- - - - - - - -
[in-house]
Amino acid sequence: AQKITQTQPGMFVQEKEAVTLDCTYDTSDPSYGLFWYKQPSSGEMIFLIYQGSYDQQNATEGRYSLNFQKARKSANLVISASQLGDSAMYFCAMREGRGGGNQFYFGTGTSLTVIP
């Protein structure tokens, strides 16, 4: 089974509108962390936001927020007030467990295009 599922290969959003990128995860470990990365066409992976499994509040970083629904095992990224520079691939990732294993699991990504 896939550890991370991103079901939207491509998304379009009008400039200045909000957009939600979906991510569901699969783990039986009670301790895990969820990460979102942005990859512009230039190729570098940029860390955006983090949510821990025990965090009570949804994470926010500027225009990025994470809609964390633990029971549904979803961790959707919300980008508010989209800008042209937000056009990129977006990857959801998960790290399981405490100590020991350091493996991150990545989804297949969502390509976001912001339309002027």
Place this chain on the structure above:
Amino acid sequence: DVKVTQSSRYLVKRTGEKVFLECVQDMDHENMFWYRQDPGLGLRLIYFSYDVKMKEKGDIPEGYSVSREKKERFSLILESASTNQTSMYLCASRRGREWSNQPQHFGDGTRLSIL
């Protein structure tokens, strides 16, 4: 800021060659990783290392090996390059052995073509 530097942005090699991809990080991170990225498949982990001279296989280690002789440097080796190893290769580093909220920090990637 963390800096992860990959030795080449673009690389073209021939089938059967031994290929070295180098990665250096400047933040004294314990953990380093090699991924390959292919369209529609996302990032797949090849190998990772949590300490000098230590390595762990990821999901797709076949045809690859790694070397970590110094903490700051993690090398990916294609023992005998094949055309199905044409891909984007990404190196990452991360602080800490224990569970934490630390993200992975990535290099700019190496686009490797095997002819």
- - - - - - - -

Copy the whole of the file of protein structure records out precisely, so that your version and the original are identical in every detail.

[in-house]
Amino acid sequence: AQKITQTQPGMFVQEKEAVTLDCTYDTSDPSYGLFWYKQPSSGEMIFLIYQGSYDQQNATEGRYSLNFQKARKSANLVISASQLGDSAMYFCAMREGRGGGNQFYFGTGTSLTVIP
């Protein structure tokens, strides 16, 4: 089974509108962390936001927020007030467990295009 599922290969959003990128995860470990990365066409992976499994509040970083629904095992990224520079691939990732294993699991990504 896939550890991370991103079901939207491509998304379009009008400039200045909000957009939600979906991510569901699969783990039986009670301790895990969820990460979102942005990859512009230039190729570098940029860390955006983090949510821990025990965090009570949804994470926010500027225009990025994470809609964390633990029971549904979803961790959707919300980008508010989209800008042209937000056009990129977006990857959801998960790290399981405490100590020991350091493996991150990545989804297949969502390509976001912001339309002027």
Place this chain on the structure above:
Amino acid sequence: DVKVTQSSRYLVKRTGEKVFLECVQDMDHENMFWYRQDPGLGLRLIYFSYDVKMKEKGDIPEGYSVSREKKERFSLILESASTNQTSMYLCASRRGREWSNQPQHFGDGTRLSIL
């Protein structure tokens, strides 16, 4: 800021060659990783290392090996390059052995073509 530097942005090699991809990080991170990225498949982990001279296989280690002789440097080796190893290769580093909220920090990637 963390800096992860990959030795080449673009690389073209021939089938059967031994290929070295180098990665250096400047933040004294314990953990380093090699991924390959292919369209529609996302990032797949090849190998990772949590300490000098230590390595762990990821999901797709076949045809690859790694070397970590110094903490700051993690090398990916294609023992005998094949055309199905044409891909984007990404190196990452991360602080800490224990569970934490630390993200992975990535290099700019190496686009490797095997002819």